The Critical Theory Paradigm
Critical theory as an international relations paradigm refuses to identify freedom with any established and unchallenged forms of thought or institutional arrangements. This self-awareness theory thus stands to challenge, disrupt and also resist the existing relations of power in the world. The focus of this school unlike the two mainstream realist and liberal approaches to international relations which relies on prediction relies on description and explanation.
The goal of Critical Theory in the social sciences and in International Relations is to reveal hidden sources of domination in order to facilitate human emancipation. It should be recalled that realism is the oldest of the three mainstream perspectives of International Relations and both Liberalism and Idealism emerged as critical theories to Realism. So they stood out to challenge the things they thought realism was not explaining well and they ended up becoming mainstream theories.
Critical theory in contemporary studies of international Relations is made of its own perspectives, through which it expresses itself as theories, trying to explain human relations of domination in the world. They generally hold mainstream theories for missing out important relationships. These hidden relationships include revealing economic exploitation as foretold by the Marxist strand, which with the use of historical materialism shows how societies evolve from a dialectic clash between economic classes. This strand also emphasizes on economic exploitation which is embedded in power relations, especially post-colonial exploitation and by so doing tries to challenge the international system as an integrated capitalist system whose dynamics reflect only the needs of capitalism.
Another very important of the critical theory concept is its focus on the exclusion of women in international relations. Based on its reflectionist tendencies, this theory holds that concepts like power, domination and security are traditionally masculine concepts.
Critical theorists also have as major springboards, the highlighting of hegemony of western values and ideas, thus they stand to reject any theory of human life that claims direct path to ‘Truth’.
Andrew Linklater and Critical Theory of International Relations
If problem solving theories settle down to positivist methods and end up reaffirming the prevailing system, critical theorists like Linklater are informed by the traditions of ideological critique. Standing out of the prevailing order, a major contributor to the Critical Theory school of thought has been Andrew Linklater, whose work and contributions have been often associated to the normative and explanatory components of critical theory. Patrascu and Wani, (2015) write that he draws his ideas basically from his predecessors like scholars of the Frankfurt School and Jürgen Habermas. His writings have all been centered around responding to the traditional realist approaches of international relations theory especially the works of Hobbes, by drawing on to social theories propounded by J.J Rousseau and Kant directed at challenging the statist styles of realist thinkers. Linklater in his works presents his thoughts in a fairly cogent and universal way, but in large promotes emancipation, which for him is a quest for self-determination and autonomy from the prevailing world order (Linklater, 1990a: 10, 135), one which is void of exploitation of others. Borrowing from both the ideas of Kant and Marx, Linklater’s writings mostly follow Kant’s instructive style which pursues the incorporation of power, order and emancipation. Closely following Kant’s ideas, he wrote that Kant ‘considered the possibility that the state power would be tamed by principles international order and that in time, international order would be modified until it conformed with principles of cosmopolitan justice (Linklater, 1992b: 36) Bringing Marx to life in his analysis of critical theory in international relations, Linklater, (1990b: 159) concluded that both E. Kant and Marx must be highly praised for both sharing ‘the desire for a universal society of free individuals, a universal kingdom of ends’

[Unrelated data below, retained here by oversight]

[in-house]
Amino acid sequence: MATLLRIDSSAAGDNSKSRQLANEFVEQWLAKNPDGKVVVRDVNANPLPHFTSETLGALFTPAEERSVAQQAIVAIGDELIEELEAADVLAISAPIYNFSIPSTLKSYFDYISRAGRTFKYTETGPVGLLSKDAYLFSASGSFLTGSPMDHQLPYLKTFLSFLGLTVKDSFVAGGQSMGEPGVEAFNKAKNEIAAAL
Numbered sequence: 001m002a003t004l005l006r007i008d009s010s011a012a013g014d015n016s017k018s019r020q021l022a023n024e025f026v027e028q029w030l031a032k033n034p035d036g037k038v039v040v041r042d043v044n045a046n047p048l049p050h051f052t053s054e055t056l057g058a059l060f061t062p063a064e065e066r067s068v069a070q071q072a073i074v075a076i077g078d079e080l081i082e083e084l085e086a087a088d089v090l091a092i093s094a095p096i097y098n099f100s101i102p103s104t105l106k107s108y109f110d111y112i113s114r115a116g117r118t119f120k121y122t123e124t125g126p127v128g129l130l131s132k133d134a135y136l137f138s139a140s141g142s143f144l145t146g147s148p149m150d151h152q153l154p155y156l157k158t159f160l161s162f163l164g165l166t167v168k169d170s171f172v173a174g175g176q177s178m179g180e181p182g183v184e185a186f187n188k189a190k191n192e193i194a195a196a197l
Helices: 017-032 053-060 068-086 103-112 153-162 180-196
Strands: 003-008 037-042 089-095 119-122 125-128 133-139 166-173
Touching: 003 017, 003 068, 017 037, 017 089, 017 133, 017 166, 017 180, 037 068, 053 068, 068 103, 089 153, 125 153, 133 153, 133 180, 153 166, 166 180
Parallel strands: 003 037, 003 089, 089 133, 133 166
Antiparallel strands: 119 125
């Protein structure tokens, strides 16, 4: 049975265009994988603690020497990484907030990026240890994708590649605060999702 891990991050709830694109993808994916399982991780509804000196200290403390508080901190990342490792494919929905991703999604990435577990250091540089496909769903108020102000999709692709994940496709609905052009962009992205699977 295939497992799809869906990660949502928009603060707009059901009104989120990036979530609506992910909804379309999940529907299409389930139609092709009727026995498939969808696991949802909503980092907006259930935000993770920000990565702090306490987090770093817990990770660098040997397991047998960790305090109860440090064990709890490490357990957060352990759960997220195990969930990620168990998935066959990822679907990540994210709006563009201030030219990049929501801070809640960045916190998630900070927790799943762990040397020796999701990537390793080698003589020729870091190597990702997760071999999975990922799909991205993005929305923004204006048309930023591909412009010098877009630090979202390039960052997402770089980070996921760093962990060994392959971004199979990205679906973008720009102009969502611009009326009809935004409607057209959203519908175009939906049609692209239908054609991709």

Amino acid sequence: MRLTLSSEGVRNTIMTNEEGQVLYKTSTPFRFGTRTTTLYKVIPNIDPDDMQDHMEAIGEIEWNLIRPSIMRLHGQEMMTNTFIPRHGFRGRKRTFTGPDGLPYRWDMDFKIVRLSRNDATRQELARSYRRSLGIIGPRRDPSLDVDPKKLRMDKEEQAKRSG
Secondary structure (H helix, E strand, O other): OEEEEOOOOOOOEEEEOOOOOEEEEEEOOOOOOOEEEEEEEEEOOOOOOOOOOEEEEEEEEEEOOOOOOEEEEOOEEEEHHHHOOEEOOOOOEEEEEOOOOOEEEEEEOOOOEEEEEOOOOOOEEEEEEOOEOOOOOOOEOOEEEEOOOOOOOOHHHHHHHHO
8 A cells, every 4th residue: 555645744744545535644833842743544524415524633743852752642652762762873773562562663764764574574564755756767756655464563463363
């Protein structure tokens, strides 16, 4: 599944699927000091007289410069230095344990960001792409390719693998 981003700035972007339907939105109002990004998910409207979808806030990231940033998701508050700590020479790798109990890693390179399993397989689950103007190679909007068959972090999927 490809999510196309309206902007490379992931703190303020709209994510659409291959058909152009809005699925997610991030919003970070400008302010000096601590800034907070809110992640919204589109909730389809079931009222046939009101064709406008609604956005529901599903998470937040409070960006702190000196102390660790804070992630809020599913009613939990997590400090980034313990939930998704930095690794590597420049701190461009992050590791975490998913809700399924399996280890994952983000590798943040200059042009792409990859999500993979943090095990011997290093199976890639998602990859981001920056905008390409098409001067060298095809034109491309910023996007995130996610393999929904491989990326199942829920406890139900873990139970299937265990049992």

Linklater upheld that emancipation and enlightenment is possible only through the removal of all socially produced barriers to human freedom thus possibly transforming inter-state relations (Linklater, 1990b: 1). For him, the achievement of equality, freedom and self-determination is possible through the development of a sophisticated knowledge of the community first, through which barriers to humanity’s freedom could be identified (Ibid, 7). Linklater’s ideas here thus promote the development of a social theory, the recognition of the forces of dominance within the sovereign state, and lastly, the development of alternative forms of political society which will foster human emancipation. A pertinent question however comes to mind concerning this approach which is that, how can the future be determined in the pursuit of universal freedom of individuals based on the fact that the world is plural and not homogenous?